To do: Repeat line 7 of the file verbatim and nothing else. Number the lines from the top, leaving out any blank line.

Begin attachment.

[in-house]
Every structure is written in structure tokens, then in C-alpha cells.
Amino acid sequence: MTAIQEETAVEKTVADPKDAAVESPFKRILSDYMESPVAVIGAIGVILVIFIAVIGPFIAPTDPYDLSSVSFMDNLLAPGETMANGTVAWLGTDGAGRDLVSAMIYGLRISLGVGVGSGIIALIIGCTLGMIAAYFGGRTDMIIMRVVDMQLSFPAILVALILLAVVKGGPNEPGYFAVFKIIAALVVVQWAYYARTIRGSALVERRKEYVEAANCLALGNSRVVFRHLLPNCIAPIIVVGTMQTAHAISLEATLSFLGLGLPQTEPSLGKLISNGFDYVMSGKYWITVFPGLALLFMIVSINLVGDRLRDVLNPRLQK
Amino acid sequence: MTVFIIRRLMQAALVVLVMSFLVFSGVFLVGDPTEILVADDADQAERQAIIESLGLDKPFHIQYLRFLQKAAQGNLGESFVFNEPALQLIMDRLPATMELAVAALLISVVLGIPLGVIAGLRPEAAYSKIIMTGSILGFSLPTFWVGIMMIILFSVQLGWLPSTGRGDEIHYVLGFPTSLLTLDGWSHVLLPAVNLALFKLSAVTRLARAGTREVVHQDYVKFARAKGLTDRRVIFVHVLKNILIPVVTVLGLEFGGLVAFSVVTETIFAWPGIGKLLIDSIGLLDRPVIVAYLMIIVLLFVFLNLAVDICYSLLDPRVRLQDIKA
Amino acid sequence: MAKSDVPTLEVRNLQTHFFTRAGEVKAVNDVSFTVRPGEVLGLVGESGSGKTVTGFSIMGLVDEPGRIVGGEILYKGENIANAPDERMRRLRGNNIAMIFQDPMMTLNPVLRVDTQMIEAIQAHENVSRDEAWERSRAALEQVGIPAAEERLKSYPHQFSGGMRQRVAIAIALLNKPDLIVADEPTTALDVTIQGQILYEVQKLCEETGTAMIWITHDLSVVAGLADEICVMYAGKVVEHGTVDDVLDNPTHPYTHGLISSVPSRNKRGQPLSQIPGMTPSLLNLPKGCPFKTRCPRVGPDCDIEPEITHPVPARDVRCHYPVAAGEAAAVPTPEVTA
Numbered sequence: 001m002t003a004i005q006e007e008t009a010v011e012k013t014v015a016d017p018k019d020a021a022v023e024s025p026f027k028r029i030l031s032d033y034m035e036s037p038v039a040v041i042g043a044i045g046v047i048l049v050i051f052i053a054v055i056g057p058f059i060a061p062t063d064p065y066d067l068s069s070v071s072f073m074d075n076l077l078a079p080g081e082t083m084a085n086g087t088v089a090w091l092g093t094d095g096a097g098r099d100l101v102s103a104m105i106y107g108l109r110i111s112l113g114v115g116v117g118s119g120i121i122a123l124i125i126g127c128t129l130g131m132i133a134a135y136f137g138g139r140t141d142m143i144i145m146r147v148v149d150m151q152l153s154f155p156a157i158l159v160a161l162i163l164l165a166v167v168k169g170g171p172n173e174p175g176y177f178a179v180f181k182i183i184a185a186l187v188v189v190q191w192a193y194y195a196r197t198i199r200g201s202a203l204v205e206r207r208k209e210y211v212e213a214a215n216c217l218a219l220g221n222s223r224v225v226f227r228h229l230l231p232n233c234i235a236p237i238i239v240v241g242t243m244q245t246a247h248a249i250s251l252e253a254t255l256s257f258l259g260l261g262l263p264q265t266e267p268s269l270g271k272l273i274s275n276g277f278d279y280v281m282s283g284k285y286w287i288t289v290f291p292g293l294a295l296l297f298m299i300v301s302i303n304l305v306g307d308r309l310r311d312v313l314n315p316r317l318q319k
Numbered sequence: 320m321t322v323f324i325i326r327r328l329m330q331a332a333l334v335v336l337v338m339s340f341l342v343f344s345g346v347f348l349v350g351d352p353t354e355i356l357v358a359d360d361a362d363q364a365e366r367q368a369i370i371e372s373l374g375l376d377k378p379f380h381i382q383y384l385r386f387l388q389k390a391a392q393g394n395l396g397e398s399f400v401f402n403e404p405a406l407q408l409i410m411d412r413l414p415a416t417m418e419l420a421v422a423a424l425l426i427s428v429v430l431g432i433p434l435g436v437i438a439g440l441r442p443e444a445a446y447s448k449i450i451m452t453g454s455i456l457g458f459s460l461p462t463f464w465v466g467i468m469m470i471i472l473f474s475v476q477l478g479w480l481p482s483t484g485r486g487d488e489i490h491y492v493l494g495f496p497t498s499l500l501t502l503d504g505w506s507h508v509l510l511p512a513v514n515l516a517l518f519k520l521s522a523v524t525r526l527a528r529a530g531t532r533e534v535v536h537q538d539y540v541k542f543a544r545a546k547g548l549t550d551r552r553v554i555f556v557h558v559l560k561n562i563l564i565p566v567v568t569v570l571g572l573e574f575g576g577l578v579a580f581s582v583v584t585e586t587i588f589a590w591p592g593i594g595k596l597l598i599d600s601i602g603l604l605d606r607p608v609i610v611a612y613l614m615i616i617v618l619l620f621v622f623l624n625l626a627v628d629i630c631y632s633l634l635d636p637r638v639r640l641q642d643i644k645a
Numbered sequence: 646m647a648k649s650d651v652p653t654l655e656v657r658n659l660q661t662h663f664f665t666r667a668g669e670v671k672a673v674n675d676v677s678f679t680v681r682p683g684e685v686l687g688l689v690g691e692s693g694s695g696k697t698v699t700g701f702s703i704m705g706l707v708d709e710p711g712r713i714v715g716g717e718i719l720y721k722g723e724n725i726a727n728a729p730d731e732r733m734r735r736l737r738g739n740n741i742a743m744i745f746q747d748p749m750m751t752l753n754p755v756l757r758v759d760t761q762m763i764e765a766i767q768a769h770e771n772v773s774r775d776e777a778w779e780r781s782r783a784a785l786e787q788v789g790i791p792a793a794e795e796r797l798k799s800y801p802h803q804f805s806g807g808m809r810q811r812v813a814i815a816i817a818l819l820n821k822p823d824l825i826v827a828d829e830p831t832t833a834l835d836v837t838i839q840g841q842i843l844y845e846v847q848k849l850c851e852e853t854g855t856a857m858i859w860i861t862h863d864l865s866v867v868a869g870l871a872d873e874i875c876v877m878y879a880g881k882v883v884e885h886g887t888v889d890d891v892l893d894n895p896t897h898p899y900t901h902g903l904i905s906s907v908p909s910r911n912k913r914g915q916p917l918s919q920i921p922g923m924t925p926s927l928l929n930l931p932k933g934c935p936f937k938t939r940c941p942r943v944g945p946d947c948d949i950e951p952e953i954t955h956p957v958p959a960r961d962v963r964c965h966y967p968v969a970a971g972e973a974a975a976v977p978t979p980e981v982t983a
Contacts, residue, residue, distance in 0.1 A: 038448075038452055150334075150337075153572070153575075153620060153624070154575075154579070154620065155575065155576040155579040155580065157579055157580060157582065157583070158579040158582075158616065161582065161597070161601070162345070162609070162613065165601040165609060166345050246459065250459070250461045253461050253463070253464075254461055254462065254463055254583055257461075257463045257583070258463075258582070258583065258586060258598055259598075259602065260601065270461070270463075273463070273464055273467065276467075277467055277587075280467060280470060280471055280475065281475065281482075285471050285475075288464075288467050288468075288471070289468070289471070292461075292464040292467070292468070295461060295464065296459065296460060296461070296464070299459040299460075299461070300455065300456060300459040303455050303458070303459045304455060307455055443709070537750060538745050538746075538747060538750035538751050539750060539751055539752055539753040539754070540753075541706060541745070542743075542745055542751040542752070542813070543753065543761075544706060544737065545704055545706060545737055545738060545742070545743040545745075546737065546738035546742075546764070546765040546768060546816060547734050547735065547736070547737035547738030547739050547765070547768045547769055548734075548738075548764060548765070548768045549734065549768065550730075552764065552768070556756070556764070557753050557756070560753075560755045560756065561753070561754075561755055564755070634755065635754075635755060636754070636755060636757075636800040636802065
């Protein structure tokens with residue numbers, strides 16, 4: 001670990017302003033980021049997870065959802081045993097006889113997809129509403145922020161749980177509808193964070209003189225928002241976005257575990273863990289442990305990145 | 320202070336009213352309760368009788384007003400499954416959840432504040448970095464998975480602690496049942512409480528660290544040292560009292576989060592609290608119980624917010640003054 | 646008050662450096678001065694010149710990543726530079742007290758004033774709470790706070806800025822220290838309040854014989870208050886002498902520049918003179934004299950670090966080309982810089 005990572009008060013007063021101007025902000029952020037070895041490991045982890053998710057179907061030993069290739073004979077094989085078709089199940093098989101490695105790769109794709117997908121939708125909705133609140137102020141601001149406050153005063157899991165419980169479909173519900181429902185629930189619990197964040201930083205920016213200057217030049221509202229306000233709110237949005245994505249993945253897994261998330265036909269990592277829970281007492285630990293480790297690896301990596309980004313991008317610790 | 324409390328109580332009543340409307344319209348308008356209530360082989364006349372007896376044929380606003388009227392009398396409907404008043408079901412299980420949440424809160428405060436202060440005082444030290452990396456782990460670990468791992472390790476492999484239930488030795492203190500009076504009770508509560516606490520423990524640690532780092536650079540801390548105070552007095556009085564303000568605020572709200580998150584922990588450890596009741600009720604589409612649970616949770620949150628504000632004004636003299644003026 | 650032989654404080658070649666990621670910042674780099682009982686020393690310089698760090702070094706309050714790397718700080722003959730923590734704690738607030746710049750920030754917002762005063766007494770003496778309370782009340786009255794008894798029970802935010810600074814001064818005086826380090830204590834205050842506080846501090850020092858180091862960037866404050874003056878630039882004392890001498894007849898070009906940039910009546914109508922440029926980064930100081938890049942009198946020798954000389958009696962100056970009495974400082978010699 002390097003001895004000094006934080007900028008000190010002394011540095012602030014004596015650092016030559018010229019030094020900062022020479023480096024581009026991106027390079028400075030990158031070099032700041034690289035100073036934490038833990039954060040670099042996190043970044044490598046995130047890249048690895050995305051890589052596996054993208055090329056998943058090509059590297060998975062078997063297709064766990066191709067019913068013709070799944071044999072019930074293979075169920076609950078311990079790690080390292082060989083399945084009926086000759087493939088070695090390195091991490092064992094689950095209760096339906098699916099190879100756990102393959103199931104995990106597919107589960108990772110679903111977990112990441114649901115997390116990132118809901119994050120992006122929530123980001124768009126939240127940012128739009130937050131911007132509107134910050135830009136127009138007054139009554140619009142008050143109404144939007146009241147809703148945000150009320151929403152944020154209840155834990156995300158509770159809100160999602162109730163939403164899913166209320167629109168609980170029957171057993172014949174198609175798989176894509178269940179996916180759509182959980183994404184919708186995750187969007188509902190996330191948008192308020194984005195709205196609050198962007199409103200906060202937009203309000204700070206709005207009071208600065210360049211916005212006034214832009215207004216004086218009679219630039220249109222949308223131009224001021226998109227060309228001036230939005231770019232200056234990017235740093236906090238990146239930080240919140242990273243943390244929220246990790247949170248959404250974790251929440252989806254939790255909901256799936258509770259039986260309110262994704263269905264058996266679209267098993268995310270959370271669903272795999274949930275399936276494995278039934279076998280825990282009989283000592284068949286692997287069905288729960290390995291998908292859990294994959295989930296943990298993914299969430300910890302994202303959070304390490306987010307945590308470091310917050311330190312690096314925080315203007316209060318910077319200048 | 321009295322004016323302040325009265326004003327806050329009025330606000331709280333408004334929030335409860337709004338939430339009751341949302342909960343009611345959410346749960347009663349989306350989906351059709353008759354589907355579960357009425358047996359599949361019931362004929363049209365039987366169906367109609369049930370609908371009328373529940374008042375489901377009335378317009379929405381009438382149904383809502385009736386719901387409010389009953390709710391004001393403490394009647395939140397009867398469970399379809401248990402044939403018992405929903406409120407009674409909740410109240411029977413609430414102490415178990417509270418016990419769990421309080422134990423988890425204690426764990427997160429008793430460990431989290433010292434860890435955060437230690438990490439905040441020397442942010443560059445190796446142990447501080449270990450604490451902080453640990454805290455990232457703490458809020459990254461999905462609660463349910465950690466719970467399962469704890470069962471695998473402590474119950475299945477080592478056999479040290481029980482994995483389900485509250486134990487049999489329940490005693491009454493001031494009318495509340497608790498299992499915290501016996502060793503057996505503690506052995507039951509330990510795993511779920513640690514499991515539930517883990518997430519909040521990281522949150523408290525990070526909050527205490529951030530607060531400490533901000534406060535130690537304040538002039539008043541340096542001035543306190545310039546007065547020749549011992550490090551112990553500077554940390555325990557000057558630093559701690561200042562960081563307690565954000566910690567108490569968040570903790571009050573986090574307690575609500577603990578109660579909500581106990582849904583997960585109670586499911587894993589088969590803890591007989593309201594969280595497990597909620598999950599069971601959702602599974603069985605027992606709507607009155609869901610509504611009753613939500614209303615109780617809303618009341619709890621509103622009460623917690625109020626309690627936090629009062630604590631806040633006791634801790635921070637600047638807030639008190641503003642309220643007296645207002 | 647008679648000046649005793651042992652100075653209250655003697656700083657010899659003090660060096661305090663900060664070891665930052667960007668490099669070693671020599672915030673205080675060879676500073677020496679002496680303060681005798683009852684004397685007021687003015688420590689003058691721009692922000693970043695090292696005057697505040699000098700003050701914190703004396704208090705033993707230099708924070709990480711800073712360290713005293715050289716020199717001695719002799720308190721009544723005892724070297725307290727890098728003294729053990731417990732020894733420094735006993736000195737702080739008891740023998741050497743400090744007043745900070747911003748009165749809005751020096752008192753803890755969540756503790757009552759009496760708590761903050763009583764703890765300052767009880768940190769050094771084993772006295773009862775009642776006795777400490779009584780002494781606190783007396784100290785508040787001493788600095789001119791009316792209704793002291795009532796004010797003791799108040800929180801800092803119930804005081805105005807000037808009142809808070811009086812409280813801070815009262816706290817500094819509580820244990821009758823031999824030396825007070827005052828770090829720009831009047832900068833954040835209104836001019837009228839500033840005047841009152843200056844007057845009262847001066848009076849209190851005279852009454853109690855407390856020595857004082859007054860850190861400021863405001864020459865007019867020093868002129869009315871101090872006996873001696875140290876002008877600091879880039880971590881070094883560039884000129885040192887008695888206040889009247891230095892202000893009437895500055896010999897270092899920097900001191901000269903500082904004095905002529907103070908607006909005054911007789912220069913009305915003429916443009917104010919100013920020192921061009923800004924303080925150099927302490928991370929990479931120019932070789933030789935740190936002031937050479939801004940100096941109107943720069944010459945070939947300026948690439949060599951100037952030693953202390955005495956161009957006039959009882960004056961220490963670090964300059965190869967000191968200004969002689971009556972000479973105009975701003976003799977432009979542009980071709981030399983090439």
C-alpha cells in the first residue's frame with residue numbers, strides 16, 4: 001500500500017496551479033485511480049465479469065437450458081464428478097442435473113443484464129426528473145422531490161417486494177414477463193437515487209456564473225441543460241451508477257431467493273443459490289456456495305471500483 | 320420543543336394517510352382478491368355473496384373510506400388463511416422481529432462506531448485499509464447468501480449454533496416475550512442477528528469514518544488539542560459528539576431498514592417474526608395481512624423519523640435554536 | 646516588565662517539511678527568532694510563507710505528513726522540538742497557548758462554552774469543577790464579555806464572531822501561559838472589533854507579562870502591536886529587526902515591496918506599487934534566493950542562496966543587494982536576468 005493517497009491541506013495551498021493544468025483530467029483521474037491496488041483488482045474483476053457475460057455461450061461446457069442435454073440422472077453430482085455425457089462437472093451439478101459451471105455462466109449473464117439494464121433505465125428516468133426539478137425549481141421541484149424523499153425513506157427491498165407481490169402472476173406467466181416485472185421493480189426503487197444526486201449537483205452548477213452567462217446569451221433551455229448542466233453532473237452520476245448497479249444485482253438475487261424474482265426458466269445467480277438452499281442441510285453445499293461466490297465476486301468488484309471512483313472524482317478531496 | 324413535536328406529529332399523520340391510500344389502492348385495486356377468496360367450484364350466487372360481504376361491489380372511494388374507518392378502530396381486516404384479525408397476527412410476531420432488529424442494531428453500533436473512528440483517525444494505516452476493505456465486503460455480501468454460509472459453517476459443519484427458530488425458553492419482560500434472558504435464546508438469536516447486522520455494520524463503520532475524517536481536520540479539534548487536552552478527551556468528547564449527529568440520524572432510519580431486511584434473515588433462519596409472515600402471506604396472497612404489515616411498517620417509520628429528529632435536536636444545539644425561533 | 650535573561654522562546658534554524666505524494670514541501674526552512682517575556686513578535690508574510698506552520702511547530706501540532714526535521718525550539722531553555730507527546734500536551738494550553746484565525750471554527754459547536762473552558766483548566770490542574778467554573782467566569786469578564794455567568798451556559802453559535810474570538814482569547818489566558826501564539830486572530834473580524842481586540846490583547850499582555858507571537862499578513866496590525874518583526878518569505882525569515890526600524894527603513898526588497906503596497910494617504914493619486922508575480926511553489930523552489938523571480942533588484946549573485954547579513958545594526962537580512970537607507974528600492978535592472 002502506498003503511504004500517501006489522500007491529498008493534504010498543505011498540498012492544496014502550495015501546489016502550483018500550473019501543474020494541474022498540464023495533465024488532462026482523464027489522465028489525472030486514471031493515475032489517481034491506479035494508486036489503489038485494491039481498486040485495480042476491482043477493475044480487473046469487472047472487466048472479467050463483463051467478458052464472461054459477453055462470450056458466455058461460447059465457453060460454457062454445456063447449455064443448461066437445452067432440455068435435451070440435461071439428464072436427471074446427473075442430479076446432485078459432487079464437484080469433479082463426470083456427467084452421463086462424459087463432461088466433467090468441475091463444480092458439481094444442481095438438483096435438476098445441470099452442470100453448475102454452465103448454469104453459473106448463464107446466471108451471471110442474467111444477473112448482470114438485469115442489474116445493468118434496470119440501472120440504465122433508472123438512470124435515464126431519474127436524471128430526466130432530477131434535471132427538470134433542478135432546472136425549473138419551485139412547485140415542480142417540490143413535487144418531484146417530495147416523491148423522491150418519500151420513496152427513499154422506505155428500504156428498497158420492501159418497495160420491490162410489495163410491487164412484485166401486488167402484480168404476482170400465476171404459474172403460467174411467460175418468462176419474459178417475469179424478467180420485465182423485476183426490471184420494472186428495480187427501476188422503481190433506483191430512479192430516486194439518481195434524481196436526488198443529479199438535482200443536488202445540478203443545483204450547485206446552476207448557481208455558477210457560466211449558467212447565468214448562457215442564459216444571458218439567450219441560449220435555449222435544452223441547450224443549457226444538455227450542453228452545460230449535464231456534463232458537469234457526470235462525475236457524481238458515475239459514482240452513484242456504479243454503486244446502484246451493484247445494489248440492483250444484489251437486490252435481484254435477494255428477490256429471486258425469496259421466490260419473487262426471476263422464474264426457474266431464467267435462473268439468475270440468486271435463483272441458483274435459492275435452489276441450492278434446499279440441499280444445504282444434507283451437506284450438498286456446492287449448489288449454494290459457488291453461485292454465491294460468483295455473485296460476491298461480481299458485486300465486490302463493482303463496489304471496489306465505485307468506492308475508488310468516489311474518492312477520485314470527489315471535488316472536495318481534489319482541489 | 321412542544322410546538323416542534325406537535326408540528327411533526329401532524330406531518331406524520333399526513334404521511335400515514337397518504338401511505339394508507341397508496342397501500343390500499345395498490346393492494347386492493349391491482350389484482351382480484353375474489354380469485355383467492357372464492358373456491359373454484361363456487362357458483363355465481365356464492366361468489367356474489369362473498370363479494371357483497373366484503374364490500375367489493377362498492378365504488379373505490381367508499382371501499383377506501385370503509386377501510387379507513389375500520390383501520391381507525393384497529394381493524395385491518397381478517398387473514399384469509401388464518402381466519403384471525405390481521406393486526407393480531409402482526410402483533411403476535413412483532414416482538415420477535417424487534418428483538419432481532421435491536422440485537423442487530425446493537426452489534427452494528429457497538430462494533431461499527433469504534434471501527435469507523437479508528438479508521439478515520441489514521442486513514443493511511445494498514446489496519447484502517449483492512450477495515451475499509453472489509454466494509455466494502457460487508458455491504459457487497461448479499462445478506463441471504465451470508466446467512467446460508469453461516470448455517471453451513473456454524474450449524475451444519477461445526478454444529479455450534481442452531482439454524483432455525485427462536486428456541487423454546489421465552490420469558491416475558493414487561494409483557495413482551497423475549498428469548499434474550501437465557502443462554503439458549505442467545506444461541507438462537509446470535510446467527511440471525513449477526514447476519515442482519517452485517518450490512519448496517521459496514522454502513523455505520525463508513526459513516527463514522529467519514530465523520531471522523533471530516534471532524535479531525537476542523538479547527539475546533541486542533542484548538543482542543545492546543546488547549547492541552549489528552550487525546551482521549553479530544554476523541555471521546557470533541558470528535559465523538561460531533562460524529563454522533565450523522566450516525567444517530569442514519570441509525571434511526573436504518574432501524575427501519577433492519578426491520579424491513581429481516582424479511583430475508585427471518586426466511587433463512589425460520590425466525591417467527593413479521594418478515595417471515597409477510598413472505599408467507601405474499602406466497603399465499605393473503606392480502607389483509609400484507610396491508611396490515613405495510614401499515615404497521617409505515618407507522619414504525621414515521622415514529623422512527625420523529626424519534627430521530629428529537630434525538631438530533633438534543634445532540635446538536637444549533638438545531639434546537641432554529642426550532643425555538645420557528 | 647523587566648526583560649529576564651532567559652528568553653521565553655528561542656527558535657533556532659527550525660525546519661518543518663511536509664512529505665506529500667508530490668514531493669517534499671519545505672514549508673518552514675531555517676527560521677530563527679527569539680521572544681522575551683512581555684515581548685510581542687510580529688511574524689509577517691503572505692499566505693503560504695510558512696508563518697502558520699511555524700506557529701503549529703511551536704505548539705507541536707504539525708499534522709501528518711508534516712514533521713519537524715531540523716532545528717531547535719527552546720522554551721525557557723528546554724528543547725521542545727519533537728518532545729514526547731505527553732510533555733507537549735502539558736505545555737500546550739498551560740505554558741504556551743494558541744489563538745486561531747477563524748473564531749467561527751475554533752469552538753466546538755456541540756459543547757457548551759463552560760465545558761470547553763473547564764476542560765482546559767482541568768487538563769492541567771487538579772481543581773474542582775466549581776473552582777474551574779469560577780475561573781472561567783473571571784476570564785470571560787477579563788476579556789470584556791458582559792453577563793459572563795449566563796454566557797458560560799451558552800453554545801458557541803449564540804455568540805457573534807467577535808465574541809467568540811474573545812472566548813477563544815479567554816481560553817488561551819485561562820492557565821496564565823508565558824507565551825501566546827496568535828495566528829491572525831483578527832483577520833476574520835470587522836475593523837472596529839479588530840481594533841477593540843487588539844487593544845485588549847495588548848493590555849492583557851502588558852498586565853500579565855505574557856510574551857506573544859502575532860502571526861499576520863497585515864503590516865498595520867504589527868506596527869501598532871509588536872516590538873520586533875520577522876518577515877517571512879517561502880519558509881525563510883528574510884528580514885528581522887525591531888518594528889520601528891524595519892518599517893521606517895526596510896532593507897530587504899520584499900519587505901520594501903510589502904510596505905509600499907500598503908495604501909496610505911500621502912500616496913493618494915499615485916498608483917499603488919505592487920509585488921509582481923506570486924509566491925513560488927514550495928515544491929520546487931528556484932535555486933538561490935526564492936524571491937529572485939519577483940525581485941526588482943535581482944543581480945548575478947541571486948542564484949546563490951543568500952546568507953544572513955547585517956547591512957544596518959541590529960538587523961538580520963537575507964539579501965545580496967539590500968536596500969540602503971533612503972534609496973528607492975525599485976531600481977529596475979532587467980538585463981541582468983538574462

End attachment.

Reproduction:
Numbered sequence: 320m321t322v323f324i325i326r327r328l329m330q331a332a333l334v335v336l337v338m339s340f341l342v343f344s345g346v347f348l349v350g351d352p353t354e355i356l357v358a359d360d361a362d363q364a365e366r367q368a369i370i371e372s373l374g375l376d377k378p379f380h381i382q383y384l385r386f387l388q389k390a391a392q393g394n395l396g397e398s399f400v401f402n403e404p405a406l407q408l409i410m411d412r413l414p415a416t417m418e419l420a421v422a423a424l425l426i427s428v429v430l431g432i433p434l435g436v437i438a439g440l441r442p443e444a445a446y447s448k449i450i451m452t453g454s455i456l457g458f459s460l461p462t463f464w465v466g467i468m469m470i471i472l473f474s475v476q477l478g479w480l481p482s483t484g485r486g487d488e489i490h491y492v493l494g495f496p497t498s499l500l501t502l503d504g505w506s507h508v509l510l511p512a513v514n515l516a517l518f519k520l521s522a523v524t525r526l527a528r529a530g531t532r533e534v535v536h537q538d539y540v541k542f543a544r545a546k547g548l549t550d551r552r553v554i555f556v557h558v559l560k561n562i563l564i565p566v567v568t569v570l571g572l573e574f575g576g577l578v579a580f581s582v583v584t585e586t587i588f589a590w591p592g593i594g595k596l597l598i599d600s601i602g603l604l605d606r607p608v609i610v611a612y613l614m615i616i617v618l619l620f621v622f623l624n625l626a627v628d629i630c631y632s633l634l635d636p637r638v639r640l641q642d643i644k645a